This broadcasting system, writes Dalrymple, exemplifies two of the guiding principles of contemporary British public life:
- the active promotion of adolescent vulgarity and sniggering crudity
- the shameless looting of the public purse
Needless to say, the BBC
is losing viewers and listeners all the time; a growing proportion of the population never tunes in to any of its programmes.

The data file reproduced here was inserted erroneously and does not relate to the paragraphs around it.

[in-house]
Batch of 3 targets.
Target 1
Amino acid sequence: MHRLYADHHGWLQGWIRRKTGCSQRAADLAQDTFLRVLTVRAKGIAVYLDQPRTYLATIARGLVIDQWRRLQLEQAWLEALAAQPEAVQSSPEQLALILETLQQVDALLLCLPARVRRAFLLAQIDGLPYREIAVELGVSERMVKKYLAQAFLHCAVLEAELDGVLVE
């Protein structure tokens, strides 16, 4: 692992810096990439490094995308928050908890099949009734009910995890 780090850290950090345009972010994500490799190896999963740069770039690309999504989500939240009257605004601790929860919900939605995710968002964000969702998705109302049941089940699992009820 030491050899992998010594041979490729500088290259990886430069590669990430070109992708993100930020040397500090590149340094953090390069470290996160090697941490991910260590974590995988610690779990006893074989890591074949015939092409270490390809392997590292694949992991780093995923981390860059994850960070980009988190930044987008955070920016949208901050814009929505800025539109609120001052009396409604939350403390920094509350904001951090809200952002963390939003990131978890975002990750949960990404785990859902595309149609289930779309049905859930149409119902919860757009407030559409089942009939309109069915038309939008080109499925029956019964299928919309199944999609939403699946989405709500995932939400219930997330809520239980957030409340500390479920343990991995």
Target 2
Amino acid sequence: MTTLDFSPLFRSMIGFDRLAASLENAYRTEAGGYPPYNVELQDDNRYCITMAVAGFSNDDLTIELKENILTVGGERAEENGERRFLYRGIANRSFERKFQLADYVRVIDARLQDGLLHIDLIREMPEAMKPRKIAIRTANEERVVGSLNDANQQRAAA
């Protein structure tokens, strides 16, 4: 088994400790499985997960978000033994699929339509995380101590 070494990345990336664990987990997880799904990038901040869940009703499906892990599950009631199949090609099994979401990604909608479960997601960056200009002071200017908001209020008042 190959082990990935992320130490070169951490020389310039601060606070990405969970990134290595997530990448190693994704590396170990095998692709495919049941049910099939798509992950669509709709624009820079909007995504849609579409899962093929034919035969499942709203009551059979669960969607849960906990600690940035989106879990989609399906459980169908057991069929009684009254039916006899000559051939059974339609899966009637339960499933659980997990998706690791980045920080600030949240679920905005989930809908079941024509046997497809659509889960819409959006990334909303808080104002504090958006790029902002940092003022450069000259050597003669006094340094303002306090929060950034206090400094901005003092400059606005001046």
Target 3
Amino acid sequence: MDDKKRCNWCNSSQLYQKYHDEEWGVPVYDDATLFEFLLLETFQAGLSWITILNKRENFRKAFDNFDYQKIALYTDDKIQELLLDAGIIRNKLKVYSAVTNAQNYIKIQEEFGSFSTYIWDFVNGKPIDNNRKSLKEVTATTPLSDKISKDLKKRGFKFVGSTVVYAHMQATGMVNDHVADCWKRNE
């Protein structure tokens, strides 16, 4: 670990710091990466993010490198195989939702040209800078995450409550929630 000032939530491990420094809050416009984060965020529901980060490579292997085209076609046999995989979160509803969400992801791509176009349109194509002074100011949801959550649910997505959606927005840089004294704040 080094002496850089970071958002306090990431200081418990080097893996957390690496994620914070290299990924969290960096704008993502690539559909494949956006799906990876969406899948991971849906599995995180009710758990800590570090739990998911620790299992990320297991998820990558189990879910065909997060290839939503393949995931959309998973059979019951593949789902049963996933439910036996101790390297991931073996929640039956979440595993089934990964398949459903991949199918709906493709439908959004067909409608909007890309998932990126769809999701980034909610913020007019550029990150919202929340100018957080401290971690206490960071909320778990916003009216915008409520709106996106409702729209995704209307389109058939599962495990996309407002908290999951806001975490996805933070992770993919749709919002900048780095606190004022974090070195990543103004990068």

The BBC certainly cannot claim any longer
that it produces, as it once did, the kind of intelligent programmes that commercial broadcasters shun.
Dalrymple points to vast payments made to the BBC’s fifth-rate ‘comedians’. These payments, he notes,
represent a gift from state functionaries (who themselves have also looted the public purse unmercifully)
on condition that the ‘comedians’
keep contributing to the ideologically-driven vulgarisation of the culture.
There has been a return, says Dalrymple,
to the 18th-century days of state patronage, with this difference: that the men who exercised it back then were men of taste and discrimination. They knew a Dr Johnson when they saw one.